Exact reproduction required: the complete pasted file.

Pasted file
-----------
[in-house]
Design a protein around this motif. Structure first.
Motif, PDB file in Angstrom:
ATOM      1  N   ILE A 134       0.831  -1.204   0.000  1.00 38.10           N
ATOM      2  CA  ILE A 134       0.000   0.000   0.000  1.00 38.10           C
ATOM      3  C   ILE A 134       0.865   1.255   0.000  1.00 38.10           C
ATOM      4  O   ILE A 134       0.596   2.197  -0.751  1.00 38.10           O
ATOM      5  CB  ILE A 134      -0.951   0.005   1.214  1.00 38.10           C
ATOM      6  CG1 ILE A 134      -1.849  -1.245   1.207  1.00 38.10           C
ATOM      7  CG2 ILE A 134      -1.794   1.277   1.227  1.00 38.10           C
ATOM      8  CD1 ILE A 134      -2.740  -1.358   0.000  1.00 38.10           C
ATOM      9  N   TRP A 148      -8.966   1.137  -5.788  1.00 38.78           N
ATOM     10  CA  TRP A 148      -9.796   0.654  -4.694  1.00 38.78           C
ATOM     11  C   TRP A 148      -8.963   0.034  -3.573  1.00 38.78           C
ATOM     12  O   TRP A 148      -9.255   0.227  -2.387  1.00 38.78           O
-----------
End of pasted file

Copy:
[in-house]
Design a protein around this motif. Structure first.
Motif, PDB file in Angstrom:
ATOM      1  N   ILE A 134       0.831  -1.204   0.000  1.00 38.10           N
ATOM      2  CA  ILE A 134       0.000   0.000   0.000  1.00 38.10           C
ATOM      3  C   ILE A 134       0.865   1.255   0.000  1.00 38.10           C
ATOM      4  O   ILE A 134       0.596   2.197  -0.751  1.00 38.10           O
ATOM      5  CB  ILE A 134      -0.951   0.005   1.214  1.00 38.10           C
ATOM      6  CG1 ILE A 134      -1.849  -1.245   1.207  1.00 38.10           C
ATOM      7  CG2 ILE A 134      -1.794   1.277   1.227  1.00 38.10           C
ATOM      8  CD1 ILE A 134      -2.740  -1.358   0.000  1.00 38.10           C
ATOM      9  N   TRP A 148      -8.966   1.137  -5.788  1.00 38.78           N
ATOM     10  CA  TRP A 148      -9.796   0.654  -4.694  1.00 38.78           C
ATOM     11  C   TRP A 148      -8.963   0.034  -3.573  1.00 38.78           C
ATOM     12  O   TRP A 148      -9.255   0.227  -2.387  1.00 38.78           O